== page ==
However, under the PPA, tax-qualified employer-sponsored retirement plans were not required to offer direct rollovers to non-spouse beneficiaries. Consequently, many non-spouse beneficiaries did not have access to these tax-free rollovers, unless the plan sponsors had voluntarily chosen to provide the option.
Congress closed this gap in the Worker, Retiree and Employer Recovery Act of 2008 (WRERA), through a provision mandating employer-sponsored retirement plans to offer the rollover option to non-spouse beneficiaries in plan years beginning after December 31, 2009. The WRERA provision also stipulates that beneficiaries who do not opt for a direct rollover, and instead choose to take distributions in the form of a cash lump sum, will be subject to mandatory 20% income tax withholding rules. As a result of IRS Notice 2008-30, non-spouse beneficiaries may also choose to roll over retirement account funds into an inherited Roth IRA.
Under the rules, non-spouse beneficiaries are permitted to directly roll over funds inherited from employer-sponsored retirement plans into inherited IRAs. According to the IRS, retirement plan distributions to a non-spouse beneficiary are subject to many of the same rules that apply to other eligible rollover distributions. Retirement plan sponsors must offer a non-spouse beneficiary the option of making a direct rollover, or a trustee-to-trustee transfer, of eligible rollover distributions to an inherited IRA. This means the transfer is made from the retirement plan to the IRA, and not to the beneficiary.
Other restrictions apply. The rollover must be made to a new IRA, not one already owned by the non-spouse beneficiary, and the new IRA must bear the name of the deceased, not the beneficiary. The rollover must be completed by December 31 of the year following the account holder’s death. In addition, beneficiaries are not permitted to make additional contributions to the inherited IRA. The beneficiary must have the same basis in the inherited IRA as the deceased account owner, and the beneficiary may not combine the basis in the inherited IRA with the basis in his or her own IRAs.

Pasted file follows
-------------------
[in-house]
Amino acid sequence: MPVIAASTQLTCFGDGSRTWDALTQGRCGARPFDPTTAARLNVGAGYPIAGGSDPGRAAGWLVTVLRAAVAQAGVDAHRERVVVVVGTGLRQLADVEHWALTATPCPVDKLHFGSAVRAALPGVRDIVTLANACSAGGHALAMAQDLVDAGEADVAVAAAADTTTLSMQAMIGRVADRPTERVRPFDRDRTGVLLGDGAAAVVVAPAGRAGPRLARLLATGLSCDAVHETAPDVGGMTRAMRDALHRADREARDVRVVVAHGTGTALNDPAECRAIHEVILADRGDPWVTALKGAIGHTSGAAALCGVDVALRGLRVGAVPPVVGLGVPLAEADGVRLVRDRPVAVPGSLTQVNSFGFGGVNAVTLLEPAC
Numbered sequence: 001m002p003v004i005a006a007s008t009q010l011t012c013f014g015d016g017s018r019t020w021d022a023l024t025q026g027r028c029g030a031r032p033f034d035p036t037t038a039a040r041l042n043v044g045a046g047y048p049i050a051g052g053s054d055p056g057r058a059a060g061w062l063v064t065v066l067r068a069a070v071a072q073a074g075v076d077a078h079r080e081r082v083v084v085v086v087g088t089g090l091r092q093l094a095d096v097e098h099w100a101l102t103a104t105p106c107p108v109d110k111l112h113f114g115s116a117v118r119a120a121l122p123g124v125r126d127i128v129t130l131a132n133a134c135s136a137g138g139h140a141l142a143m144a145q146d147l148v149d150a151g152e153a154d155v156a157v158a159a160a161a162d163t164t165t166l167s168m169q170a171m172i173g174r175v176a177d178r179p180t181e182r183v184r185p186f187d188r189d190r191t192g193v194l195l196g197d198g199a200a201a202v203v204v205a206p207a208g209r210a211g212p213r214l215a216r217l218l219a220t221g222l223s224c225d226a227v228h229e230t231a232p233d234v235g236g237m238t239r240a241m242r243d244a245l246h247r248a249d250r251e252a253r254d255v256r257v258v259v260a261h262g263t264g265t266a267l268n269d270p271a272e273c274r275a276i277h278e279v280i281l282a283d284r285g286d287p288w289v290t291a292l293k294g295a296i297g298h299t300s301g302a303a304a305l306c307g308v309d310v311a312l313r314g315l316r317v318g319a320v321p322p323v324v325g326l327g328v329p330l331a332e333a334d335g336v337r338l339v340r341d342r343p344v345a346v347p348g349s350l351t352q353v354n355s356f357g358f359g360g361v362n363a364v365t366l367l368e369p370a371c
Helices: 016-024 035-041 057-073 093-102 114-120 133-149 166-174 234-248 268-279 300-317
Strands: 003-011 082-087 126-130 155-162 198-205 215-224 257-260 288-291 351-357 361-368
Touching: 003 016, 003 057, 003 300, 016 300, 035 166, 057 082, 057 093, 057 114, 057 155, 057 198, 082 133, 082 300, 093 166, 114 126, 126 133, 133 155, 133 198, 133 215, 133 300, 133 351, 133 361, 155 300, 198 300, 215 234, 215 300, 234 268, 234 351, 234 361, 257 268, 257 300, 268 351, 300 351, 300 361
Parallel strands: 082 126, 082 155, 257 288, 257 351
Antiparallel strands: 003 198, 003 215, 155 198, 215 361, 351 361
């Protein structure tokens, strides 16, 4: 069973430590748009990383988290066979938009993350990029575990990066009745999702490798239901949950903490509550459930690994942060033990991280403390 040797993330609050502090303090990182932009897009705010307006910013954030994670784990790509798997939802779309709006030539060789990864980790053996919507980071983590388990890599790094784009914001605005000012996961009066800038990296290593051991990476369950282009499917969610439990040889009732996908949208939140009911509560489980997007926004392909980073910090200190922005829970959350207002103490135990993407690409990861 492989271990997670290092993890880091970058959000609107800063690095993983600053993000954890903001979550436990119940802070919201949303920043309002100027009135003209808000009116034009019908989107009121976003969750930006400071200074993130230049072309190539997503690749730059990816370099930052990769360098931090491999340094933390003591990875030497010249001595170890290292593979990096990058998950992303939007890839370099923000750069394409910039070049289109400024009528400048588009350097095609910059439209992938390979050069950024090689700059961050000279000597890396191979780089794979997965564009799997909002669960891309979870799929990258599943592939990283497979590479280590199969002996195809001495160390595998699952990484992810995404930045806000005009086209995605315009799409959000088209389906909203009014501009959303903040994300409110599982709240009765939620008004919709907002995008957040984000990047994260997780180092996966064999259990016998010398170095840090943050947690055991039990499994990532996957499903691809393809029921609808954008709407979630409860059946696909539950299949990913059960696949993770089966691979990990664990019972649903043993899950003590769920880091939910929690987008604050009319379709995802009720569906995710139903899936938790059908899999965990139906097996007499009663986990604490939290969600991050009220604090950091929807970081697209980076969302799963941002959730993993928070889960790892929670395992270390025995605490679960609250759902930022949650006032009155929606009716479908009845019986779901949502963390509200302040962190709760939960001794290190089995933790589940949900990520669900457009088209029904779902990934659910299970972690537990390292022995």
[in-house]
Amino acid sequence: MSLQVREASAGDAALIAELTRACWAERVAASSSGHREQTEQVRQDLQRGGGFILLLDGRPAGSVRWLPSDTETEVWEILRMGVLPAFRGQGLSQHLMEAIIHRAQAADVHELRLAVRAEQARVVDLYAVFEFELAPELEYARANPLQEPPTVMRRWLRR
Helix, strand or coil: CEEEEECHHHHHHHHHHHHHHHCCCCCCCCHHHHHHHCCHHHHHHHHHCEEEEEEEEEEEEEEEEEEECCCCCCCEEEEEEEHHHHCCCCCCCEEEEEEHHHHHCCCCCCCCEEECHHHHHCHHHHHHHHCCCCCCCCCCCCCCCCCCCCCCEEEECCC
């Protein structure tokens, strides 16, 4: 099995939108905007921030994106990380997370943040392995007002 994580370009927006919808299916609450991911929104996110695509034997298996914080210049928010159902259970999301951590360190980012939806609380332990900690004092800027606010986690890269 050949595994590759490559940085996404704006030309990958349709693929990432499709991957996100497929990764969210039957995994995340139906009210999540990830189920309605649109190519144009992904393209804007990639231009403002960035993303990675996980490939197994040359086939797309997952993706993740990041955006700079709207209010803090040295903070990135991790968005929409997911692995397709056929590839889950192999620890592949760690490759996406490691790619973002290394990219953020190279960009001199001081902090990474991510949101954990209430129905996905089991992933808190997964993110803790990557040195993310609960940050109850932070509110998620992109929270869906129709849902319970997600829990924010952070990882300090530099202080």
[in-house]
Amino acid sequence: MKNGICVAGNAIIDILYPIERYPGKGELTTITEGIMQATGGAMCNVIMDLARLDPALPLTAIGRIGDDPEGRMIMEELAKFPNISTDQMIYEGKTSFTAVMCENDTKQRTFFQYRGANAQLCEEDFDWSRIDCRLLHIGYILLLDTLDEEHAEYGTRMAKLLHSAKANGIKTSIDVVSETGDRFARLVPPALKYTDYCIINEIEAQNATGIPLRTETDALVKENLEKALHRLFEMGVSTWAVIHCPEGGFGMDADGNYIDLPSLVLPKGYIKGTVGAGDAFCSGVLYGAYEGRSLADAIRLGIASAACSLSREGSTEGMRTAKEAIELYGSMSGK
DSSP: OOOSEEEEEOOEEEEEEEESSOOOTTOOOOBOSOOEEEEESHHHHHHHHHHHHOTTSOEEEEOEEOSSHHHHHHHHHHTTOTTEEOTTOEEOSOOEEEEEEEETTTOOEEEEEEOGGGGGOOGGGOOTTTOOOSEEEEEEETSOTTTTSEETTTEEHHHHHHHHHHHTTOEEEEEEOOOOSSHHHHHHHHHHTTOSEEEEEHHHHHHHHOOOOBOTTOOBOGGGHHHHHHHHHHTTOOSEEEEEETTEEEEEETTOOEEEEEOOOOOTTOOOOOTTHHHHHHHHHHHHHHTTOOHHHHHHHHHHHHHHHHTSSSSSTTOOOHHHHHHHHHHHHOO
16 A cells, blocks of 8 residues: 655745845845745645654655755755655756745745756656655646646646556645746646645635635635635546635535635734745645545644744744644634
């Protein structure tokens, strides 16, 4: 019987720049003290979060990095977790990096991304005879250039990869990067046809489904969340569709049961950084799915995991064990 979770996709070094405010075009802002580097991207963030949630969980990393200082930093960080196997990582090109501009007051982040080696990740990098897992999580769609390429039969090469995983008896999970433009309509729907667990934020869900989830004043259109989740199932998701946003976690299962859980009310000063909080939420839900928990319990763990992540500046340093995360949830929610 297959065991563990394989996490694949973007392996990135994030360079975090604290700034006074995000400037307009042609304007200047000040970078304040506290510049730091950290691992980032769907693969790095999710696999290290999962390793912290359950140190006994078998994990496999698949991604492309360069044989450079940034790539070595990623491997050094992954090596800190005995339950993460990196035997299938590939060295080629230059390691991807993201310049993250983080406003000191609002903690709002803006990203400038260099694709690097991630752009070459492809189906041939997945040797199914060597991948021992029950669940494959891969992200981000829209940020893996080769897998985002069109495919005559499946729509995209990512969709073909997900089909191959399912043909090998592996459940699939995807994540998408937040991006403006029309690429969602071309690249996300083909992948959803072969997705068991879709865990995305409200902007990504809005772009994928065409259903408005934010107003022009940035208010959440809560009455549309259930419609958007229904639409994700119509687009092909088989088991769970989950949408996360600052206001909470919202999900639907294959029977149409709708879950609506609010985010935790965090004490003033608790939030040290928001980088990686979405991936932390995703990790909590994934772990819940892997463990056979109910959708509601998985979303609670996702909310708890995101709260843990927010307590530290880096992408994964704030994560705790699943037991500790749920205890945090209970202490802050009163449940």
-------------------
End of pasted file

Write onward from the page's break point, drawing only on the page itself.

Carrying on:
After the rollover has occurred, the beneficiary must begin receiving distributions under the beneficiary distribution rules. The beneficiary will not owe taxes on the inherited IRA assets until he or she starts to receive distributions.
These rule changes, which provide important options to non-spouse beneficiaries of employer-sponsored qualified retirement plan accounts, apply to all retirement plans as of 2010. For more information about your employer-sponsored retirement plan, consult the benefit plan administration at your company.
How Longevity May Affect Your Retirement
One interesting factor changing the shape of retirement planning is the steady increase of life expectancies for Americans. Given this population trend, many people may spend one-third of their lives in retirement. Relying on retirement savings plans and Social Security may become increasingly difficult because these programs were not initially designed to provide perpetual income. Therefore, your retirement assets and personal savings will have to work longer and harder to help fulfill your financial objectives, whether or not you retire early.